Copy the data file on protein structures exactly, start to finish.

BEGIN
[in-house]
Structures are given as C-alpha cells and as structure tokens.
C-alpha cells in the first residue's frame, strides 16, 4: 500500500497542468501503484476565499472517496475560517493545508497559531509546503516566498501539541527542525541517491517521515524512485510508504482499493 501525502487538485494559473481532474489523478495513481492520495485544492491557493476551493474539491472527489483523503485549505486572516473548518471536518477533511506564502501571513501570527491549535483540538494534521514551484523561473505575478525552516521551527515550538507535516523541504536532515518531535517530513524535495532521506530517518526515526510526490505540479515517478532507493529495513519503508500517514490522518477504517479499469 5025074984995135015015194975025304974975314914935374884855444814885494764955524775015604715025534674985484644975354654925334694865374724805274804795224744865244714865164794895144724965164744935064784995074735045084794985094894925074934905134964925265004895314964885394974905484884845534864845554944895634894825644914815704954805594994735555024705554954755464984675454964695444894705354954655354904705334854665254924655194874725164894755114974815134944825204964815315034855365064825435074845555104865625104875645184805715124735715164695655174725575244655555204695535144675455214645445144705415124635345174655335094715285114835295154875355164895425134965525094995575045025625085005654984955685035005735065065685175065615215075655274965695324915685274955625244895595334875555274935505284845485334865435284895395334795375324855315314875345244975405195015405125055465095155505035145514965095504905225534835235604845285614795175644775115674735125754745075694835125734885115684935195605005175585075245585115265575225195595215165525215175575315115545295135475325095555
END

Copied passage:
[in-house]
Structures are given as C-alpha cells and as structure tokens.
C-alpha cells in the first residue's frame, strides 16, 4: 500500500497542468501503484476565499472517496475560517493545508497559531509546503516566498501539541527542525541517491517521515524512485510508504482499493 501525502487538485494559473481532474489523478495513481492520495485544492491557493476551493474539491472527489483523503485549505486572516473548518471536518477533511506564502501571513501570527491549535483540538494534521514551484523561473505575478525552516521551527515550538507535516523541504536532515518531535517530513524535495532521506530517518526515526510526490505540479515517478532507493529495513519503508500517514490522518477504517479499469 5025074984995135015015194975025304974975314914935374884855444814885494764955524775015604715025534674985484644975354654925334694865374724805274804795224744865244714865164794895144724965164744935064784995074735045084794985094894925074934905134964925265004895314964885394974905484884845534864845554944895634894825644914815704954805594994735555024705554954755464984675454964695444894705354954655354904705334854665254924655194874725164894755114974815134944825204964815315034855365064825435074845555104865625104875645184805715124735715164695655174725575244655555204695535144675455214645445144705415124635345174655335094715285114835295154875355164895425134965525094995575045025625085005654984955685035005735065065685175065615215075655274965695324915685274955625244895595334875555274935505284845485334865435284895395334795375324855315314875345244975405195015405125055465095155505035145514965095504905225534835235604845285614795175644775115674735125754745075694835125734885115684935195605005175585075245585115265575225195595215165525215175575315115545295135475325095555